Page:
EarthLink calls on retail
When it comes to selling VOIP and broadband, there's no place like stores, the ISP says
SAN FRANCISCO (Business 2.0 Magazine) -- In the busy, ever-changing financial district here, stores come and go in the blink of an eye. But Market Street's newest tenant isn't planning to stay long.
Last week, EarthLink (Charts) opened up a temporary store hawking its DSL and VOIP products in downtown San Francisco. It's the second store EarthLink has opened in order to experiment with marketing broadband via a retail venue. Its first temporary store, which opened in Seattle in June, is closing this Friday.
In the San Francisco store, blue- and white-shirted employees waved passers-by inside for demonstrations of EarthLink's latest products, including high-speed DSL and three different kinds of VOIP.
"It's about getting the word out," says Steve Howe, EarthLink's vice president for voice. "We've got new products."
A case of Apple envy?
The unexpected success of Apple's (Charts) chain of retail stores has Dell (Charts), Nokia (Charts), and Motorola (Charts), among other tech players, opening their own retail stores. But EarthLink appears to be the first Internet service provider to try selling broadband in its own bricks-and-mortar environment.
Part of the reason why EarthLink is trying out temporary stores is that it's rolling out a dizzying array of products that can benefit from a one-on-one sales pitch.
EarthLink has started offering a new kind of VOIP called line-powered-voice, which uses existing phone lines rather than requiring customers to hook special adapter boxes up to their high-speed Internet connections. With DSL, the service is $69.95 a month, but the service is only available in the Bay Area, Dallas, and Seattle for now.
For $24.95 a month, EarthLink is selling its TrueVoice VOIP service, which, like Vonage, requires a special box but is available anywhere in the United States. And it's also offering free PC-to-PC VOIP calling software that is similar to Skype, called Mindspring.
On top of that, EarthLink is peddling Wi-Fi in Anaheim, Calif. - with other cities on the way - and it's selling nationwide cell-phone service through its Helio joint venture with SK Telecom.
Retail is a difficult environment for broadband products, says Keith Dalrymple, a communications analyst at New York Global Securities, an investment bank. Broadband companies typically pay retailers like RadioShack, Circuit City and Staples a fee for prime placement of their products, as well as commissions when customers sign up for service at a store.
Vonage, which signed up 14 percent of its new VOIP subscribers through retailers like Best Buy in the first quarter, blamed an increase in in-store marketing costs for part of a 59 percent jump in its marketing costs in that quarter to $32.9 million.
But unless broadband providers pay up for prime placement, their self-install kits, routers, and other equipment can get exiled to the back of the store. Instead of locating VOIP products near regular phones, for instance, most stores lump them in with wireless routers and other high-tech products, Dalrymple points out.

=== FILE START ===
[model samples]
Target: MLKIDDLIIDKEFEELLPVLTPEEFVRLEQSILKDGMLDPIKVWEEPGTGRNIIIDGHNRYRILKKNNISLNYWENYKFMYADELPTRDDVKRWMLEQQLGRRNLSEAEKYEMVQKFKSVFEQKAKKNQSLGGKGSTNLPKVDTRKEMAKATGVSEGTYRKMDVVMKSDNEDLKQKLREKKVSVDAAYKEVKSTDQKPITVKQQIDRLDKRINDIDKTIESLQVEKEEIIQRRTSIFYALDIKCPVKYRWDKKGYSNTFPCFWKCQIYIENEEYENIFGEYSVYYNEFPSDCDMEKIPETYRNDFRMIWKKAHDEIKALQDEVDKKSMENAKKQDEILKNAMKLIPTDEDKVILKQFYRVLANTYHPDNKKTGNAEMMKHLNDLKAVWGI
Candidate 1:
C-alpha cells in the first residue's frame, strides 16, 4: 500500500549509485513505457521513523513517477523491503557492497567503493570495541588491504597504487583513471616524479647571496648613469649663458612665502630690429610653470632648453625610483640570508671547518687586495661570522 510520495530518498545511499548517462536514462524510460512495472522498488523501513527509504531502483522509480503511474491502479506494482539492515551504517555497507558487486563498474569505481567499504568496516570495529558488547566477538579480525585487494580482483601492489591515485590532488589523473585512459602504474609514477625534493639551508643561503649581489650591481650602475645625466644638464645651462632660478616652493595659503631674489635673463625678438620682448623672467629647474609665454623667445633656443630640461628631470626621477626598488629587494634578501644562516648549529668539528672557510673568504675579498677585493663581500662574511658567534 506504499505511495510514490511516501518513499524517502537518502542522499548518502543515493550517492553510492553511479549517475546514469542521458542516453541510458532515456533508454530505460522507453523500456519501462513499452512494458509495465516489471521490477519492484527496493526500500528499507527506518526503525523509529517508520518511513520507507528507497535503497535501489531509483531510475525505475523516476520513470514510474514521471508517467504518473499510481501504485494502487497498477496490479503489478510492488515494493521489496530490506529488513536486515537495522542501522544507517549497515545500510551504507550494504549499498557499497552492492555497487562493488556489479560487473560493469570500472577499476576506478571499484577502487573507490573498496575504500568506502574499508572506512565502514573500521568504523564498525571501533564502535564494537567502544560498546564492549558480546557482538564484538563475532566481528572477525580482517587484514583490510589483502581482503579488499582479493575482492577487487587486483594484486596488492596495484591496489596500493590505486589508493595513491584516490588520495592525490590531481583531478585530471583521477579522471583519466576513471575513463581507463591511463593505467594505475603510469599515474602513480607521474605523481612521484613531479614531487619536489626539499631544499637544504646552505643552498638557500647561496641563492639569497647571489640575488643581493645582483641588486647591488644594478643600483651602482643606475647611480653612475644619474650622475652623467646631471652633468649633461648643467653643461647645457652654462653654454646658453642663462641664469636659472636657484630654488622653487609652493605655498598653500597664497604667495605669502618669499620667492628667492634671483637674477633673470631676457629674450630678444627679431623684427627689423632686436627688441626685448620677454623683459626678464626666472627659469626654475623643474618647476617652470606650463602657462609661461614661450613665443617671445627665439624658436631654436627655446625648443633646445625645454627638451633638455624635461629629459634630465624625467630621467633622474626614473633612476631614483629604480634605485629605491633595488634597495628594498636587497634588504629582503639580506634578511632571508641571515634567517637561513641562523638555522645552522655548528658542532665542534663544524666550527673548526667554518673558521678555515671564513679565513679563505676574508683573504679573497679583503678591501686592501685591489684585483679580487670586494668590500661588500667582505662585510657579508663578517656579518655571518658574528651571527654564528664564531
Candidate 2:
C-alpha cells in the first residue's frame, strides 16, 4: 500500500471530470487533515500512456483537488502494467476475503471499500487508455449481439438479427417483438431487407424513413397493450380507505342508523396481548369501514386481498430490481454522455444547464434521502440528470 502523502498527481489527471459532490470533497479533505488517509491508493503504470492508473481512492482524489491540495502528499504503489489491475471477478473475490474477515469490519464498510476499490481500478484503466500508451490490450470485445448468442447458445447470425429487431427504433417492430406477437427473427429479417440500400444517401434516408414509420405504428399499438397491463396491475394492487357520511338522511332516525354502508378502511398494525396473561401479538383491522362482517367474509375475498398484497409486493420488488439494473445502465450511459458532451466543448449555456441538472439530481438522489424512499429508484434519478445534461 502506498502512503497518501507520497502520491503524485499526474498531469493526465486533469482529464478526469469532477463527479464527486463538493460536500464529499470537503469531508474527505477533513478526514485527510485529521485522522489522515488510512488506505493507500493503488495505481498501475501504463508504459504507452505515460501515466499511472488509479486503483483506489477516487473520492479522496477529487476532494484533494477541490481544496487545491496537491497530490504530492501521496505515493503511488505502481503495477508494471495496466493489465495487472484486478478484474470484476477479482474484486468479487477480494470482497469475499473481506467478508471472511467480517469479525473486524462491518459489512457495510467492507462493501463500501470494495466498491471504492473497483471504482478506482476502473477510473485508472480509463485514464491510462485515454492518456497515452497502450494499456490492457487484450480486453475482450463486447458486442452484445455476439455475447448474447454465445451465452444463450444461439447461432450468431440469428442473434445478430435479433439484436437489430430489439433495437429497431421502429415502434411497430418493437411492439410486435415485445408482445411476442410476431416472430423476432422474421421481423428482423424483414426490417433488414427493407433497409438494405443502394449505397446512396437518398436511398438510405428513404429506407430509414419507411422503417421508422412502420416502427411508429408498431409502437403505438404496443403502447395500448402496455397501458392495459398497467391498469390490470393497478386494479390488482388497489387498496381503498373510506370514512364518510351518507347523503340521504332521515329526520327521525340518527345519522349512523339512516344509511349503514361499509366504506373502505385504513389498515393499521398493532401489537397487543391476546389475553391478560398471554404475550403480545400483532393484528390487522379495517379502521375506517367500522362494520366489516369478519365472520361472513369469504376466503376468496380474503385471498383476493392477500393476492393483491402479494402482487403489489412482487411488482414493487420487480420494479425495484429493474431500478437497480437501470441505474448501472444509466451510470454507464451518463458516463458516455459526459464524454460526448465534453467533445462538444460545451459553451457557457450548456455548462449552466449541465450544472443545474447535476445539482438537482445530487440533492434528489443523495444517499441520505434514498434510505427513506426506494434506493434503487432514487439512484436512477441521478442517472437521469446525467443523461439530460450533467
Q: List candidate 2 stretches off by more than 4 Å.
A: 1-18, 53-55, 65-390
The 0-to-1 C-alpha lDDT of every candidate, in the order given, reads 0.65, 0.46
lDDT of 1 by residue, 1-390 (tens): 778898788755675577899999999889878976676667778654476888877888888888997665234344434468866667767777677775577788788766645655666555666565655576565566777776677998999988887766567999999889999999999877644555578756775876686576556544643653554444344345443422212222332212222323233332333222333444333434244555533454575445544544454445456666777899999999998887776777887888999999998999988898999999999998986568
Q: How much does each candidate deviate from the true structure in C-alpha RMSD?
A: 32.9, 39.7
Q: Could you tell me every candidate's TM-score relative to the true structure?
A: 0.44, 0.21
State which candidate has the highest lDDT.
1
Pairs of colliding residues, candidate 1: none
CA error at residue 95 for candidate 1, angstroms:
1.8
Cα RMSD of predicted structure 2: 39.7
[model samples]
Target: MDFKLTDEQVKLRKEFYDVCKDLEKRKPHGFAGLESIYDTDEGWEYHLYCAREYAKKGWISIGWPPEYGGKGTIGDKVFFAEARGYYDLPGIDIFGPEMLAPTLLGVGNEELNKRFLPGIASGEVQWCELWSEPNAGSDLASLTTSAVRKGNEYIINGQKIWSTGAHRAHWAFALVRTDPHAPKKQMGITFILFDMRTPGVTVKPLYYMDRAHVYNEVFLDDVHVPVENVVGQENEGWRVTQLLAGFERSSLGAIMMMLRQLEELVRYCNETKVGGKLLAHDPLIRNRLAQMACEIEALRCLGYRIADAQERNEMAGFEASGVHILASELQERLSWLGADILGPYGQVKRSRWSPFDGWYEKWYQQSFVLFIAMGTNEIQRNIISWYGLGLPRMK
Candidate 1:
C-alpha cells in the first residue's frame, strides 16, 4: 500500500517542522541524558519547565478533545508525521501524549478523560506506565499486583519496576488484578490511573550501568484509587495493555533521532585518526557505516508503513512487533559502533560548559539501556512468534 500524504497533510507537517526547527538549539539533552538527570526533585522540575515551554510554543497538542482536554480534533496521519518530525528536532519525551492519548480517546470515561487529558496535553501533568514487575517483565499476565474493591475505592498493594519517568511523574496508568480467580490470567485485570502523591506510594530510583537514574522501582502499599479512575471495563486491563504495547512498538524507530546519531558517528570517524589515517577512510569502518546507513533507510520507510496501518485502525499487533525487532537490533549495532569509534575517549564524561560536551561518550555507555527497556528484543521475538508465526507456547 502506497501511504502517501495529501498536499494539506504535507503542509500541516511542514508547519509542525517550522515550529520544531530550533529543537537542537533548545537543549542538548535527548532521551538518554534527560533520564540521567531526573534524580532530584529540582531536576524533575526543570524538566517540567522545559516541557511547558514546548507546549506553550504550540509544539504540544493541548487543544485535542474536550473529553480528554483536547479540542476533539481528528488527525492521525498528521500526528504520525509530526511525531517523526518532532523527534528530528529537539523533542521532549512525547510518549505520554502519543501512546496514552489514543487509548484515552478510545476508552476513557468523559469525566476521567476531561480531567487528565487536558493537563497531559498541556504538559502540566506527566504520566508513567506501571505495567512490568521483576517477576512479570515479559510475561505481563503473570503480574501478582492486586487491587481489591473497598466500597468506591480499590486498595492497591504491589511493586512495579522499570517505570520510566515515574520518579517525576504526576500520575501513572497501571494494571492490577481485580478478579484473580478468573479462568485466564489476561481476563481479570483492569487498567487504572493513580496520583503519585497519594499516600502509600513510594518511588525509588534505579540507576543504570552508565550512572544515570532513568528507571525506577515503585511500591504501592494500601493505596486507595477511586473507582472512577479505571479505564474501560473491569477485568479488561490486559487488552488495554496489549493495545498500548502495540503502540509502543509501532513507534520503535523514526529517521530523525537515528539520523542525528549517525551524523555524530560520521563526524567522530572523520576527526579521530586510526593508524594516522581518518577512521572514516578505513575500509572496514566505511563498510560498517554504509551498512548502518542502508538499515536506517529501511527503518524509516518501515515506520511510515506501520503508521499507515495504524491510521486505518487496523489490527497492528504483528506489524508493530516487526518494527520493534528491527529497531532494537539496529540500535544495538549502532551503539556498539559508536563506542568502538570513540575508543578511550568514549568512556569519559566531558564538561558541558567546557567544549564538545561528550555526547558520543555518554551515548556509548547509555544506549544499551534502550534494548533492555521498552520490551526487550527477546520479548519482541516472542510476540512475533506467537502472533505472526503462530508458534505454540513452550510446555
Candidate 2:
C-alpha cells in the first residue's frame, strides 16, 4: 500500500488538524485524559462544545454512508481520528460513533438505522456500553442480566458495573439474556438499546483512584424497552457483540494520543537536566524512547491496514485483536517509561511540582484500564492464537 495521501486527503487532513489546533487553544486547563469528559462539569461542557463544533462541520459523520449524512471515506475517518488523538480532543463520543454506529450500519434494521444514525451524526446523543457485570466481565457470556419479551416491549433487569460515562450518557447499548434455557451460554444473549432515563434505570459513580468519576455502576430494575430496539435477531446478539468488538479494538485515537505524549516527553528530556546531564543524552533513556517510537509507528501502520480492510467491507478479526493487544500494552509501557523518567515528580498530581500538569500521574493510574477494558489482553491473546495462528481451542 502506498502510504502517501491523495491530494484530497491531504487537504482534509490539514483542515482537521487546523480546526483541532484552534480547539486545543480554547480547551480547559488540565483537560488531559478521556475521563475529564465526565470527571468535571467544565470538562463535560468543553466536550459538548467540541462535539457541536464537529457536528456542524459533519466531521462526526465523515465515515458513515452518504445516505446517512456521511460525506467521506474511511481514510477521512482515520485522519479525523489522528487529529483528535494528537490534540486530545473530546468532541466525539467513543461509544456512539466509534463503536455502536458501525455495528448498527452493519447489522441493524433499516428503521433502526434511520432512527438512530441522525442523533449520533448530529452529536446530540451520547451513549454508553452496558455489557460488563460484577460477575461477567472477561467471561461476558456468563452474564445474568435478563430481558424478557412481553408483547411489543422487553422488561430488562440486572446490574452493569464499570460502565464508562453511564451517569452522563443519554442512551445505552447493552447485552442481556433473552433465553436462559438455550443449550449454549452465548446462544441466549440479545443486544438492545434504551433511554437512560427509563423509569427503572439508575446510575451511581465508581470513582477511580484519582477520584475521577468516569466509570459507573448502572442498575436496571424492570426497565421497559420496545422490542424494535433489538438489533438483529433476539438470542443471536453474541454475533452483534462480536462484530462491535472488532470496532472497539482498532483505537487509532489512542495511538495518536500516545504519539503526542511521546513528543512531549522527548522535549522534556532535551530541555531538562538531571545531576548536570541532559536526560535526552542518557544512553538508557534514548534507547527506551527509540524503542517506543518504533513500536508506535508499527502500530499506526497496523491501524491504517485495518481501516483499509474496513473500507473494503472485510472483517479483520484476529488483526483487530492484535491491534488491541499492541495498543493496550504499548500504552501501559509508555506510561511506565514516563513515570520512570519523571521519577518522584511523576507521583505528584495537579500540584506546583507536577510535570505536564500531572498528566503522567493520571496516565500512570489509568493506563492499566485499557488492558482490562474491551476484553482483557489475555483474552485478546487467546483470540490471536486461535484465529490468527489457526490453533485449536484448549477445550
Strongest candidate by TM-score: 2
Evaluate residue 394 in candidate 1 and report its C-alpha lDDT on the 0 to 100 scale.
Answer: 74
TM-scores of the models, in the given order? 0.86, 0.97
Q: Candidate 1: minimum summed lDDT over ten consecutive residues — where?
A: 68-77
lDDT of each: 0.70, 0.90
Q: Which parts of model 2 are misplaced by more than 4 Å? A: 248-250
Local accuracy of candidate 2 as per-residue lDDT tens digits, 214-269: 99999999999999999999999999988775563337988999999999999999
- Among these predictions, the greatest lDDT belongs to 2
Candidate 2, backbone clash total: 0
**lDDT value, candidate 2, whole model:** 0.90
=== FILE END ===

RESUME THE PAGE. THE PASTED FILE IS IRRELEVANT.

Cost of doing broadband business
Still, these retailer fees haven't deterred broadband service providers from expanding their retail presence. Comcast, the nation's largest cable provider, signed a deal with Wal-Mart (Charts) in April to market self-install kits for its high-speed Internet service in 500 of the discount retailer's stores.
Such retail deals seem to be paying off: Comcast announced that sales through its retail channel, which include Staples, Best Buy, CompUSA, and Circuit City, increased by almost 50 percent last year. Comcast also maintains kiosks in malls in areas where it offers service, selling broadband self-install kits and taking sign-ups for video service. And it plans to sell its Comcast Digital Voice VOIP service through retail stores next year, a spokesperson says.
For EarthLink's potentially confusing menu of broadband and VOIP services, having its own retail presence may make sense more for marketing purposes than for generating sales, says Dalrymple.
"They're trying to get the word out on line-powered voice, which is a bit of a different animal from your standard broadband and VOIP products," he says. "The stores themselves might not drive a lot of business, but they might drive awareness."
And despite the relative expense, EarthLink is also selling its broadband service through retailers like Best Buy and Circuit City. In the Bay Area, it recently signed up Fry's Electronics to market its line-powered voice service which combines DSL and VOIP.
Buying broadband and VOIP at retail isn't for everyone, says Joe Laszlo, an analyst at JupiterResearch. "Younger users are savvy enough that they probably don't need retail so much," he says. "They'll comparison-shop online. It may be older users that benefit more from retail and from talking to a brand representative. A friendly, knowledgeable human being can address things like security concerns in relatively plain English for them."
EarthLink's Howe says that the company's shift towards retail is inevitable, given the change in its product lineup and the competitive landscape.
"As the world has evolved, how you convey consumer benefits has changed," he says. "You know there's this thing called the Internet already, but here it is faster and cheaper."
Just as Apple found it's easier to show the differences between a PC and a Mac in a store than explain them in an ad, EarthLink is hoping that it can convince would-be subscribers that its DSL and VOIP offerings are something special.